OUTDOORS - In search of Sandhills

The annual migration of the Sandhill cranes has begun, and a trip to the Othello area turns up flocks of the majestic birds.



Three Sandhill cranes take a break from eating to eye a photographer.


Five Sandhill cranes fly low.



A large group of Sandhill cranes eat, keep an eye out and fly away.


A wooden bridge crosses a stream at the Bailie Memorial Youth Ranch wildlife are.

OTHELLO - Sandhill cranes have arrived. Perhaps 10,000 will pass through the Columbia Basin in the next few weeks.

Well, they may have been here for weeks already. I saw a dozen land in a field along Ringold Road a few days ago.

So, two days later, I hunted for them in earnest, along with my wife, Darlene, and Nora the Schnauzer.

I've snapped dozens of long-range photos of cranes in the Basin during the last few years, but vivid close-ups, even with the 150-500-millimeter zoom lens, have eluded me.

So, this could be my year, huh?

We bought orange juice and bananas in Basin City and motored toward Highway 17. We turned north on a side road and minutes later at least 200 cranes chirruped and grazed in a sloped green field.

The closest were 200 yards away, too far to see their red faces or their yellow eyes through the camera lens.

I snapped a few shots from the car window, with Nora standing on the door's arm rest to see the birds, and we moved on.

We drove back through Basin City and northwest, up the hill on Sagehill Road (where we had seen herons before).

After a few miles, we turned east on Hendricks Road.

As usual, we stopped at the Bailie Memorial Youth Ranch wildlife area so Nora could stretch her legs. We would walk to a waterfall, while Darlene read in the car.

When we left the car, a flock of cranes rose beyond a ridge a mile to the north. Hundreds of the huge birds in flight resembled a cloud of mosquitoes.

Their chirruping , which Darlene called "purring," sounded right overhead. Even Nora tipped her head to listen.

A stream flows south from a lake on posted land north of the road. We followed it for a quarter-mile to the falls and took a steep path down to the water for a close-up view.

After that we crossed the stream on a picturesque wooden bridge 75 yards above the falls.

We skirted a swamp and did the Groucho hustle through a patch of Russian olive trees.

Remember the Groucho hustle? Bend at the waist and bend the knees?

That's it.

Keeps your head out of the low-hanging branches.

After checking the view from the west-side bluff, we headed back.

On the way, Nora found a sun-bleached bovine skull. She sniffed it thoroughly, but gave up on taking it home. She couldn't pick it up.

From the wildlife area, we meandered toward Othello on back roads, some east, some west and some north. We occasionally saw cranes in flight and as blue-gray blurs way off in fields.

We dined with a king, on burgers, at Othello and drove a 30-mile loop through the Columbia National Wildlife Refuge, an area of lakes (with waterfowl), sage, tall bluffs and basalt cliffs.

We made it back to Othello an hour before dark and turned south on Thacker Road from Highway 26.

Minutes later, we passed a flock of red-wing blackbirds scratching in a field beside the road. I drove slowly.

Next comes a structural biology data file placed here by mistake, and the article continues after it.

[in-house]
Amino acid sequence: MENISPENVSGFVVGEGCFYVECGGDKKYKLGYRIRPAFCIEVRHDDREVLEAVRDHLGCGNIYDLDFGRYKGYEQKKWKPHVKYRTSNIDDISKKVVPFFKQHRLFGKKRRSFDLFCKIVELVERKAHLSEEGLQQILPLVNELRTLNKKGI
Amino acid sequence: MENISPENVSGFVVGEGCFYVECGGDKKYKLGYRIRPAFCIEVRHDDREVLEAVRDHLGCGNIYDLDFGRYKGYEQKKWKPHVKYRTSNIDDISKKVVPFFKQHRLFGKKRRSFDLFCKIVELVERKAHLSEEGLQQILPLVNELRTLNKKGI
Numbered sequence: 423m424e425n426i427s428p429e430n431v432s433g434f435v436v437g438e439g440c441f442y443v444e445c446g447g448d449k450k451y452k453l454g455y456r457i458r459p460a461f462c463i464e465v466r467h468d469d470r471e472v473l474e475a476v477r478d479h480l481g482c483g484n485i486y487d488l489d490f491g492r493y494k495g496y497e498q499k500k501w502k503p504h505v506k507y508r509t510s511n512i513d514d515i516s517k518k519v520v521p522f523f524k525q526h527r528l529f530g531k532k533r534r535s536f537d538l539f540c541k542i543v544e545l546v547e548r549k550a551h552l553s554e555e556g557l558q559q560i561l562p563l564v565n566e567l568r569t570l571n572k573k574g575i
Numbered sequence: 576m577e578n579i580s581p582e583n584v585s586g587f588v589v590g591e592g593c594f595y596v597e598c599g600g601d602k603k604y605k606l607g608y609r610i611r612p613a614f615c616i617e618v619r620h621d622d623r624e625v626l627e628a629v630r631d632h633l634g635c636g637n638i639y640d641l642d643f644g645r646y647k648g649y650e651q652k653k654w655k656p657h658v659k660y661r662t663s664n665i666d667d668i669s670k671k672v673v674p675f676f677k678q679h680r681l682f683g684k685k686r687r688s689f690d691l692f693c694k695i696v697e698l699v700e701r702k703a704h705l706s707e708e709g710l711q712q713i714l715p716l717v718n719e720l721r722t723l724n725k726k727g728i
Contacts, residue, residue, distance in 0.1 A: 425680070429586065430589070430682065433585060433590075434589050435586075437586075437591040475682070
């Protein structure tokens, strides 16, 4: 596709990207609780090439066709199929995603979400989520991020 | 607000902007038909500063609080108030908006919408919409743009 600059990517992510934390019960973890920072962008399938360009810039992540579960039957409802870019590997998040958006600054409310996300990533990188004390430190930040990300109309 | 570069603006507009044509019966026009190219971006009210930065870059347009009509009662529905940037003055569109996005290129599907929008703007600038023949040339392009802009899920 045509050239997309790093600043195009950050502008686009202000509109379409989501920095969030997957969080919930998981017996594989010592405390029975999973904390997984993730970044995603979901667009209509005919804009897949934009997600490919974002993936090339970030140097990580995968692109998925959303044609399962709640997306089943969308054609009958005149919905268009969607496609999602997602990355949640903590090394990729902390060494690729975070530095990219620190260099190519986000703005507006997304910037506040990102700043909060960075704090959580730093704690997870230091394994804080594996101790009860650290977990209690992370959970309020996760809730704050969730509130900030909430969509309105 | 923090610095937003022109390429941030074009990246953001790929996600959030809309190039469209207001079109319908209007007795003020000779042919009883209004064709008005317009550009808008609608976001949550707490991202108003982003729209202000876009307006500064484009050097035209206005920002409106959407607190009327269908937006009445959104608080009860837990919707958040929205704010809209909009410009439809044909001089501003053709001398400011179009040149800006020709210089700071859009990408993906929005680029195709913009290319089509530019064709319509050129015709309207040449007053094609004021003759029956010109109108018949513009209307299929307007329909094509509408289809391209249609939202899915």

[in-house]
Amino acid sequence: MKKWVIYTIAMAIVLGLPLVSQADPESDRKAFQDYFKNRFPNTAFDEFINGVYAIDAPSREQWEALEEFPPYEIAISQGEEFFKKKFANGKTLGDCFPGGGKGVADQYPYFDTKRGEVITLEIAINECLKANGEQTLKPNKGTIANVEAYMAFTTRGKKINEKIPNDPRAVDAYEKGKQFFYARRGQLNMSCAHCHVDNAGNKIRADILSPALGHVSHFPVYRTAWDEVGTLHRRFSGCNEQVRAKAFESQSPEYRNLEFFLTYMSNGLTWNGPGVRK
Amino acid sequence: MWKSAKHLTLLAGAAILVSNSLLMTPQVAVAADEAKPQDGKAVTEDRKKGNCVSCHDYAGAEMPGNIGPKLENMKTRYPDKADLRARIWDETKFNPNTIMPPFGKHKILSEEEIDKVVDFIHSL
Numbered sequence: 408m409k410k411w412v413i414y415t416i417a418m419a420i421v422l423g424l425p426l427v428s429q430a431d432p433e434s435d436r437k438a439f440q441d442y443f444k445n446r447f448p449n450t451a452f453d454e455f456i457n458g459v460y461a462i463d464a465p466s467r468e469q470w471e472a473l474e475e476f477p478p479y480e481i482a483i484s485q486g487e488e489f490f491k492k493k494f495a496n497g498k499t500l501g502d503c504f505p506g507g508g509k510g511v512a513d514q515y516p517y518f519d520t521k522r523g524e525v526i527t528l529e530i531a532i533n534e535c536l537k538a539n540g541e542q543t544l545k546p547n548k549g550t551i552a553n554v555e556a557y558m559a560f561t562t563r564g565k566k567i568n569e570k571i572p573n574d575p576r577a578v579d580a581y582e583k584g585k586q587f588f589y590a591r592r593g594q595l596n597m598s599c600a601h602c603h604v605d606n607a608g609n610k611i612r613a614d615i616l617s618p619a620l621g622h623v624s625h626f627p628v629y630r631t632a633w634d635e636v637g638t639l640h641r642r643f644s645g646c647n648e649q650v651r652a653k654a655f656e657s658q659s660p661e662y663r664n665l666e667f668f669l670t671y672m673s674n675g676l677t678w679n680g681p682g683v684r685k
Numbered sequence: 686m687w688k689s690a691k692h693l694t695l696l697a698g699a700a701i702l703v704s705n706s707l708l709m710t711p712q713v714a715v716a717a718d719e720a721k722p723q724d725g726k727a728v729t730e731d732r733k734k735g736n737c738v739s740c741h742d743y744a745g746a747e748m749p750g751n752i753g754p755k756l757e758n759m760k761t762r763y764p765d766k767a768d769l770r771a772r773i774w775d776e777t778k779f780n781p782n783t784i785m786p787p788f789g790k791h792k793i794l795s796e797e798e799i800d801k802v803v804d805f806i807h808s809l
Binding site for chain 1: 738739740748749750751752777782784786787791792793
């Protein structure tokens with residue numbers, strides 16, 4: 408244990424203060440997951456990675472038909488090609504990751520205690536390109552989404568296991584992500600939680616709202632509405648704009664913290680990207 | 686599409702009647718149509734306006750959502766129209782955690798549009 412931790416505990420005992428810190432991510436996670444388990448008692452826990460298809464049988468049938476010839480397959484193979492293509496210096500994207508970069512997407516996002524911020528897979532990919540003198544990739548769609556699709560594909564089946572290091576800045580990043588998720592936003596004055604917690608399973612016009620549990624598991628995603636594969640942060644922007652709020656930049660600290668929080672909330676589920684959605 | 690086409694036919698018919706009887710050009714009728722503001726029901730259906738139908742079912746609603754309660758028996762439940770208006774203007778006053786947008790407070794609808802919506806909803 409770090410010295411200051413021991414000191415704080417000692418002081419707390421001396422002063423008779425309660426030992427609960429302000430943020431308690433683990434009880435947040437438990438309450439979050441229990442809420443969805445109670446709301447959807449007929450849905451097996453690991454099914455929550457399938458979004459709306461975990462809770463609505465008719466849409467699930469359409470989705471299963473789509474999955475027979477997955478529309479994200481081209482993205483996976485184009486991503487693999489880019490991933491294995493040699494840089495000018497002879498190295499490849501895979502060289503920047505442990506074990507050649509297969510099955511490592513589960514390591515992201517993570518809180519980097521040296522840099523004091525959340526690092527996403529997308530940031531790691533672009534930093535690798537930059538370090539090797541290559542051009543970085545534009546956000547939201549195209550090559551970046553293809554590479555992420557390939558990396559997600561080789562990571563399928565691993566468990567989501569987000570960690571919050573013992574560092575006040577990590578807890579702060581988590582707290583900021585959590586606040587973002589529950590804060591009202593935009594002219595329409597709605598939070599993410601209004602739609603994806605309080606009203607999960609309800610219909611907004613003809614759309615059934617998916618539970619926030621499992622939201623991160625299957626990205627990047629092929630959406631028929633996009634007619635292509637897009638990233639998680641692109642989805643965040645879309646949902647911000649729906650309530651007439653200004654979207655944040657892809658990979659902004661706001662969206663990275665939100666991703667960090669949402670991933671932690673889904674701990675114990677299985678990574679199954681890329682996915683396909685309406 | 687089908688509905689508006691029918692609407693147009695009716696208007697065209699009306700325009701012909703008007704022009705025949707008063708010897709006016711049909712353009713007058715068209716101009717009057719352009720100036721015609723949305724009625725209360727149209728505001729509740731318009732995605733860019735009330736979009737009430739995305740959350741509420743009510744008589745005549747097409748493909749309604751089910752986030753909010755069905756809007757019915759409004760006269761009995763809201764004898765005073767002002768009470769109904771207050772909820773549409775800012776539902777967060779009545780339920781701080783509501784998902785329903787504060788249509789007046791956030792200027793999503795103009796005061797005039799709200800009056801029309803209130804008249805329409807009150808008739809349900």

When I pulled onto a dirt road to turn around, a bunch of cranes stood in a field on Darlene's side.

And three of the 4-foot-tall, gawky birds stood in the field on my side. They pecked at the ground about 15 yards away. I buzzed the window down, slowly lifted and aimed the camera as Nora, panting with excitement, crowded into the window.

Elbowing Nora to the side, I snapped away. The birds smiled and blinked.

At last, close-up photos of sandhill cranes.

I smiled and blinked.

Why not? In the LCD window I saw their red faces and yellow eyes.

So, we could go home after a day well spent.

Yet, I paused. Alas, I'd never shot photos of them doing their impressive hopping and prancing mating rituals.

Slowly, as daylight turned to dusk, we headed for Highway 17 and home.

Maybe I'll see a mating ritual later this year.

And if not this year, as Boston baseball fans often say, "there's always next year."

Contact Don Davis at dondavis@wwub.com or 526-8326.

If You Go

The 13th annual Othello Sandhill Crane Festival takes place this week, Friday through Sunday.

For a list of the activities, including the Friday's Birding Lower Crab Creek Tour with leaders Mike and MaryLynn Denny of Walla Walla (from 3:30 p.m. to dark), check the information at www.othellosandhillcranefestival.org or call 509-488-2802.

The festival began in 1998. About 1,500 now attend the Othello Sandhill Crane Festival and another 2,500 or so visit the area from late February through April to look for cranes.

While some events require a fee, visitors may pay an admission fee ($7 for adults, $5 for seniors and no charge for children under 12 with a paid adult admission) and attend free lectures on Saturday at Othello High School (340 S. Seventh Ave.).

Some experts estimate that 35,000 cranes leave their wintering grounds in California, beginning in February, and pass through Eastern Washington to breeding grounds in southern Alaska.

The cranes weigh about seven pounds, stand nearly four-feet tall and have a wing span of seven feet.

They fly up to 400 miles a day, warbling all the way (much as geese honk). They're often seen catching thermal currants and flying in wide, rising circles.


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